Kim Williams: How to write a book for audio

PUP’s International Rights Director Kim Williams shares her top tips for writing for audio format.

The audio book sector is the fastest growing area of book publishing right now, and chances are you’ve noticed people beginning to talk about listening to audio books, seen advertisements for audio, or you’re one of the 67 million audio book listeners in the US (5.5 million in the UK). Audible now has over 200,000 audio books available for download on its retail platform, while Google Play has just launched the format in 45 countries and nine languages. Looking at library lending statistics, Overdrive have just announced that there were 68 million audio books borrowed worldwide using their library app in 2017, a 24% increase on the previous year.

PUP has been working with audio publishers for ten years to produce some of our books in audio format. In that time, around two hundred of our books have been recorded and published in a digital audio edition. Some of our most successful audio books have sold more than ten thousand copies, and one book has sold over 40,000 copies; we are certain that audio sales are a meaningful way to bring our scholarly ideas to the world, and industry statistics seem to agree.

I took on responsibility for audio book licensing in 2017. Here are my top tips for writing nonfiction books that will succeed as audio books.

Write for listeners. When you’re crafting your book, can you imagine a reader (narrator/voice actor) speaking the words you’re typing? Avoid overcomplicated sentences, sub-clauses, and excessive length. Your reader will need to breathe, and wants to record the book without too many takes.

If visual data is necessary, describe it. If your book relies on charts, tables, or photographs, it’s not an automatic barrier to producing an audio book, but some adaptations will need to be made for the audio book. Publishers can provide a PDF of the visual data for buyers, but listeners respond well to a brief description. This can be added in for the audio edition alone, or carefully built into the text with your editor’s guidance.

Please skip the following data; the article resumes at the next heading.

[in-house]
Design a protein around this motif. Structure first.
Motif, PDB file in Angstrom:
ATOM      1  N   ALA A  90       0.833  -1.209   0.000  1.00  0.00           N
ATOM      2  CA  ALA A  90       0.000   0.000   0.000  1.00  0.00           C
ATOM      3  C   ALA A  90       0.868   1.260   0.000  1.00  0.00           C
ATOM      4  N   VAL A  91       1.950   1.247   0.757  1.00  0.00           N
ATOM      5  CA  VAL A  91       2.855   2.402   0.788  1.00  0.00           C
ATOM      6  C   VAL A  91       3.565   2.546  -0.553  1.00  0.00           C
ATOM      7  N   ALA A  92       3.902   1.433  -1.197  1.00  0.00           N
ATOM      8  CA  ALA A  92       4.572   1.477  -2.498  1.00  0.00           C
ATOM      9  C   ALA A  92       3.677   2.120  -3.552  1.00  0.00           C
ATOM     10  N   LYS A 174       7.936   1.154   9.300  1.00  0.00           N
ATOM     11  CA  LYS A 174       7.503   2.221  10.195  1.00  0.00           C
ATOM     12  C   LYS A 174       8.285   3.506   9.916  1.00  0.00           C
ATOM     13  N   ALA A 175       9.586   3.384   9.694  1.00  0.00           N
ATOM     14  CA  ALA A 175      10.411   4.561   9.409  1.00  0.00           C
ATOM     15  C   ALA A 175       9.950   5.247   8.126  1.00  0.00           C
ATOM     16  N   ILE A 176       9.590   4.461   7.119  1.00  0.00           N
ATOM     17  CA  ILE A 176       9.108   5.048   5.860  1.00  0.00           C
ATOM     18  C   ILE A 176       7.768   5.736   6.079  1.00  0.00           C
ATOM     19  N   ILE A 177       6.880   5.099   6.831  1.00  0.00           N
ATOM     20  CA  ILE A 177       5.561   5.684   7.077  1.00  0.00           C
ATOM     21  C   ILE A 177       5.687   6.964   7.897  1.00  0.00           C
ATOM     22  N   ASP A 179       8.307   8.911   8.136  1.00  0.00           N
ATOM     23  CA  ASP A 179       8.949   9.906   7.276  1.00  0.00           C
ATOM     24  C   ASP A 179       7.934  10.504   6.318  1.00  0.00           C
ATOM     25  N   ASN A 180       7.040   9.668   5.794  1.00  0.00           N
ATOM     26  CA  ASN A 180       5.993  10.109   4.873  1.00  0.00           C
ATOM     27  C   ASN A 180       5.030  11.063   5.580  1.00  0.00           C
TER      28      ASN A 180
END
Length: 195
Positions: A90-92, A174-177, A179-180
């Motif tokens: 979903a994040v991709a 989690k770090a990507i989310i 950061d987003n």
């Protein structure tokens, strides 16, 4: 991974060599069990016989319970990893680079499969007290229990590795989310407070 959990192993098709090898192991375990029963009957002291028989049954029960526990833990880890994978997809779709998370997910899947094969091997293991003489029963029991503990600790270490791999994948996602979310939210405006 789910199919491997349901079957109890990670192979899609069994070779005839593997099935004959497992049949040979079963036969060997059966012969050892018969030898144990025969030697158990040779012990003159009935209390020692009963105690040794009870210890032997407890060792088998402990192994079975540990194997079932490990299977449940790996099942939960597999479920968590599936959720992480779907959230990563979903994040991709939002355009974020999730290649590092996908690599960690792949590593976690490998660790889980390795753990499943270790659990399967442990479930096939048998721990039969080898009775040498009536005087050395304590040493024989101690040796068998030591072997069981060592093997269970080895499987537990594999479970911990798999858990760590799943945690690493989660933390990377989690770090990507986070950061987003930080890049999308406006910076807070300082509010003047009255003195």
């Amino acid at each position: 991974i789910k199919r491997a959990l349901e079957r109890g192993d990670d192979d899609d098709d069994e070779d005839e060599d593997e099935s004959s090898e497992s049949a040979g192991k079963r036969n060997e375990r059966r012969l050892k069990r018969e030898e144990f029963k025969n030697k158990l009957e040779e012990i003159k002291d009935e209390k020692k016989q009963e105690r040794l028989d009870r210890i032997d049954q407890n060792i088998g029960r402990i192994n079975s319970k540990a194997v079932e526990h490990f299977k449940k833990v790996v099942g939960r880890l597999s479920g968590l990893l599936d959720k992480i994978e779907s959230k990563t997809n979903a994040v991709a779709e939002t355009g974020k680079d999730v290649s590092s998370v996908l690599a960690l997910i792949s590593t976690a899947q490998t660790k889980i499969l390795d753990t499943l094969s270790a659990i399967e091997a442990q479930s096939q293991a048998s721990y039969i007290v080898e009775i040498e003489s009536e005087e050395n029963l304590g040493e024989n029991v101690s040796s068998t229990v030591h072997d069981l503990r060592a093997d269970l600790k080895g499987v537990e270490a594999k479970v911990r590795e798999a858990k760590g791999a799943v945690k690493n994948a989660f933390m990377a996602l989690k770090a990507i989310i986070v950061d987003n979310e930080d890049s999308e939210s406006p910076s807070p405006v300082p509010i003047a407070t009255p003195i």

Listeners are faithful to narrators. Opinions vary on who is best placed to voice non-fiction books, but increasingly buyers of audio books are aware of who is reading the edition, and will buy books because they like the reader’s voice.  Recording is fast-paced, handled best by production professionals and sound engineers (the unsung heroes of the audio world), and it’s rare for our authors to record their own books.

Long books can be great for audio. One feature that makes some of our finest scholarship perfect for audio is that long books can work well in audio. Subscribers like to get lots of listening hours for their membership fee and will often happily listen to books that are 20-30 hours long. (Rights Director note – there are competing pressures for translated books, so for now let’s assume that there’s no substitute for rigorous editing and revision!)

Narrators need pronunciation guides. Both publishers and scholars can be guilty of a bewildering array of acronyms and abbreviations, which become normalized when you use them every day. Lots of this will be addressed for the book itself, but it’s surprising how unfamiliar acronyms, place and people names, scientific names and other phrasing can suddenly be if you’re forced to say them out loud rather than merely read them. If it seems likely that the book will be produced in audio, you could write pronunciations into a glossary or a separate pronunciation guide to save time when the book is recorded.

I hope these tips are a helpful starter and we welcome your suggestions, too. If you’re new to audio books, you can download one free audio book from Audible, get 50% off your first audio book purchase from Google Play, borrow CDs from your local library, or use your library download service. Let us know if you #LoveAudiobooks!